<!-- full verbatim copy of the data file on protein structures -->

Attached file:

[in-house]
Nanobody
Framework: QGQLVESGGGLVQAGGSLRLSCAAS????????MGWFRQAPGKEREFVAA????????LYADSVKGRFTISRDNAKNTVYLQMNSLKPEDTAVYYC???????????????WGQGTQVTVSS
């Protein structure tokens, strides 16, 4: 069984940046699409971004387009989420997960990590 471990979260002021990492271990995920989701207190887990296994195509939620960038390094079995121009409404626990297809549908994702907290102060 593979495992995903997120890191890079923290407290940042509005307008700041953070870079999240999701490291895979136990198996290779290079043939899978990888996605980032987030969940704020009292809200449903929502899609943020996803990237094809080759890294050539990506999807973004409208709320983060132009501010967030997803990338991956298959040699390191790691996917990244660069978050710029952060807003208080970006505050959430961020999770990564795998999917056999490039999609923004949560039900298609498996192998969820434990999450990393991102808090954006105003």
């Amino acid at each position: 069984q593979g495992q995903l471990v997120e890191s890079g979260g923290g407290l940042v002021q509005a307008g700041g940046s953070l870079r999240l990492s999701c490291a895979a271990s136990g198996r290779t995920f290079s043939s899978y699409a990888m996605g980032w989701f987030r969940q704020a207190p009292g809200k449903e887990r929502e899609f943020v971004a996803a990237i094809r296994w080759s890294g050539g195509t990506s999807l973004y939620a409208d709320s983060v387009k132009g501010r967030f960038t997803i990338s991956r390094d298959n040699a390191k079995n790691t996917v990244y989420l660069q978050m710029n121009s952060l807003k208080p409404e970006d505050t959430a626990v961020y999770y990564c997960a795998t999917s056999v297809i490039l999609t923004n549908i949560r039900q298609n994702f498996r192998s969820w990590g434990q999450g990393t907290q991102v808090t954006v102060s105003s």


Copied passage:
[in-house]
Nanobody
Framework: QGQLVESGGGLVQAGGSLRLSCAAS????????MGWFRQAPGKEREFVAA????????LYADSVKGRFTISRDNAKNTVYLQMNSLKPEDTAVYYC???????????????WGQGTQVTVSS
């Protein structure tokens, strides 16, 4: 069984940046699409971004387009989420997960990590 471990979260002021990492271990995920989701207190887990296994195509939620960038390094079995121009409404626990297809549908994702907290102060 593979495992995903997120890191890079923290407290940042509005307008700041953070870079999240999701490291895979136990198996290779290079043939899978990888996605980032987030969940704020009292809200449903929502899609943020996803990237094809080759890294050539990506999807973004409208709320983060132009501010967030997803990338991956298959040699390191790691996917990244660069978050710029952060807003208080970006505050959430961020999770990564795998999917056999490039999609923004949560039900298609498996192998969820434990999450990393991102808090954006105003």
């Amino acid at each position: 069984q593979g495992q995903l471990v997120e890191s890079g979260g923290g407290l940042v002021q509005a307008g700041g940046s953070l870079r999240l990492s999701c490291a895979a271990s136990g198996r290779t995920f290079s043939s899978y699409a990888m996605g980032w989701f987030r969940q704020a207190p009292g809200k449903e887990r929502e899609f943020v971004a996803a990237i094809r296994w080759s890294g050539g195509t990506s999807l973004y939620a409208d709320s983060v387009k132009g501010r967030f960038t997803i990338s991956r390094d298959n040699a390191k079995n790691t996917v990244y989420l660069q978050m710029n121009s952060l807003k208080p409404e970006d505050t959430a626990v961020y999770y990564c997960a795998t999917s056999v297809i490039l999609t923004n549908i949560r039900q298609n994702f498996r192998s969820w990590g434990q999450g990393t907290q991102v808090t954006v102060s105003s």